Numerous health conditions affecting large parts of the population remain under-researched. As a result, hundreds of millions of people continue to suffer from devasting diseases, such as Alzheimer’s dementia or Parkinson’s disease.
The data required for scientific progress actually already exists in the form of electronic medical records, health insurance spending records, diet data, pharmacy records, and other sources. However, most of it is difficult or impossible to obtain. At the same time, some data that exist are currently unavailable to research due to the absence of an adequate framework to streamline the currently onerous access procedures.
Although individuals can volunteer while alive their data to private corporations by accepting terms and conditions to this effect, it is not yet possible to give one’s medical data (whether during life or after death), for research purposes to a public institution. Nor is there any regulatory or ethical framework in place to guide the donation process. This constitutes an unethical failure to utilize data that are of immense value and importance in the quest to improve public health and to promote the common good.
Examples of existing Biobanks where individuals can donate their data include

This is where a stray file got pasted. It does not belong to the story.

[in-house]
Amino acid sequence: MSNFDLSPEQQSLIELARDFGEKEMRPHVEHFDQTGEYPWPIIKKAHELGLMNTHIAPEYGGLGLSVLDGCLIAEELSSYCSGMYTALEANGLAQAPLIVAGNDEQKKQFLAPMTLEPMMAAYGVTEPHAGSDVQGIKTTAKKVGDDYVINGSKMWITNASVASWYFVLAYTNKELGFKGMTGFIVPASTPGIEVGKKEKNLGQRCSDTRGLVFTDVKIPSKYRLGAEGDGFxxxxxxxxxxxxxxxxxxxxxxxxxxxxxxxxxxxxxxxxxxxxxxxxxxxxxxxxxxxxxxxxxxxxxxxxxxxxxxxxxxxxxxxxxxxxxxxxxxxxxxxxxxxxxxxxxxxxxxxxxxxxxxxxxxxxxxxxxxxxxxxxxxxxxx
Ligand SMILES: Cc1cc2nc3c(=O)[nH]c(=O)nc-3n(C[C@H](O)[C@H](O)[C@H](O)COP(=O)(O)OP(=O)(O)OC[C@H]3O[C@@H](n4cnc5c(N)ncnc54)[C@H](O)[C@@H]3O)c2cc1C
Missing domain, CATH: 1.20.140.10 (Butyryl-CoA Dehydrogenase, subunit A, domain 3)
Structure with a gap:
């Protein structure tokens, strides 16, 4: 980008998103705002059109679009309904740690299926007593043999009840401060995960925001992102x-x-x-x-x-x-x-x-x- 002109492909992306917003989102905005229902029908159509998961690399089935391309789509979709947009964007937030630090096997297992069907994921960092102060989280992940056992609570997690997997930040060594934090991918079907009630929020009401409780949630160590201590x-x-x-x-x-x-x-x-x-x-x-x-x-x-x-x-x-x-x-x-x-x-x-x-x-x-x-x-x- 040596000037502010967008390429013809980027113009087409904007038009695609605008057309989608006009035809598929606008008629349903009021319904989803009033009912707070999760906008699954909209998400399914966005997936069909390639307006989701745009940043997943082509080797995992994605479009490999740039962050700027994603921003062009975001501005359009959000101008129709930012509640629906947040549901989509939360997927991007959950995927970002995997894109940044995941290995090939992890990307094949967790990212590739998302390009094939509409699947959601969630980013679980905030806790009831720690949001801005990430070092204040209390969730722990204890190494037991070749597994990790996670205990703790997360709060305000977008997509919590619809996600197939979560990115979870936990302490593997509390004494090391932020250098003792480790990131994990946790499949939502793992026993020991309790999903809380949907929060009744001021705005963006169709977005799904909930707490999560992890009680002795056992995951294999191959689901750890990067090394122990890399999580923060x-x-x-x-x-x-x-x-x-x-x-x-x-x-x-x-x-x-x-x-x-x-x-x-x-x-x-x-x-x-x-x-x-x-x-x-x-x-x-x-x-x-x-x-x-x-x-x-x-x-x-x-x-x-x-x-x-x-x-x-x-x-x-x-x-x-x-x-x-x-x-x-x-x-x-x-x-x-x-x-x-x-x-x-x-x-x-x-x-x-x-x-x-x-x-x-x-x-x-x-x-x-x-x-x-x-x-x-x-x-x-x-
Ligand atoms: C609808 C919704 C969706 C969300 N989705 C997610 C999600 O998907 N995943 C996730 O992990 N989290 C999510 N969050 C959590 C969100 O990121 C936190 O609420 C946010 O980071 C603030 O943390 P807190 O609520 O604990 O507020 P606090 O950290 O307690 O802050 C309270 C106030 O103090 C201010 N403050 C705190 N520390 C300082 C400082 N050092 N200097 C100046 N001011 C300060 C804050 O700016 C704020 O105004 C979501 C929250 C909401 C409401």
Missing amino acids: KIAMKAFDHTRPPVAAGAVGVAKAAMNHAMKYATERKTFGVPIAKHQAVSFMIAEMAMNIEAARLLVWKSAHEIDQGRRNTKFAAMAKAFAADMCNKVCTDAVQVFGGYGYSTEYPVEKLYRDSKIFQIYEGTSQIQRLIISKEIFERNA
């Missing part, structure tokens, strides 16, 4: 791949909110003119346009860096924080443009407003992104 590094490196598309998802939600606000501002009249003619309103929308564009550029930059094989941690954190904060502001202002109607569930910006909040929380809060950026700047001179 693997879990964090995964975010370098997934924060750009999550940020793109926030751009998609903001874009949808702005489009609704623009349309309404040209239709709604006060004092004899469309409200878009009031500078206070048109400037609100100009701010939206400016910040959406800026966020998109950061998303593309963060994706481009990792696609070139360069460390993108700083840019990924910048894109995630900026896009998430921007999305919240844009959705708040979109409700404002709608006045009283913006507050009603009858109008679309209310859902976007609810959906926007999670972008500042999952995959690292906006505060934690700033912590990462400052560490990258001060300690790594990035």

- UK Biobank – a large-scale biomedical database and research resource, containing in-depth genetic and health information from half a million UK participants.
- Million Veteran Program (MVP) is a national research program to learn how genes, lifestyle, and military exposures affect health and illness. Since launching in 2011, over 825,000 Veteran partners have joined one of the world’s largest programs on genetics and health.
- All of Us Research Program is inviting one million people across the U.S. to help build one of the most diverse health databases in history.
- Patient-Centered Outcomes Research Institute – PCORI funds studies that can help patients and those who care for them make better-informed healthcare choices.
- Individuals should be able to easily share their data with non-profits, businesses, and academic institutions focused on findings solutions to chronic illnesses
- Individuals should be able to share insurance records, diet data, pharmacy records, and food purchase data with the biobank
- All biobanks should have well-documented APIs (Application Programming Interfaces) that non-profits, businesses, and academics can use to extract shared data. This data may then be analyzed and to provide decision support to patients, businesses, and physicians. One example usage would be the Outcome Labels Initiative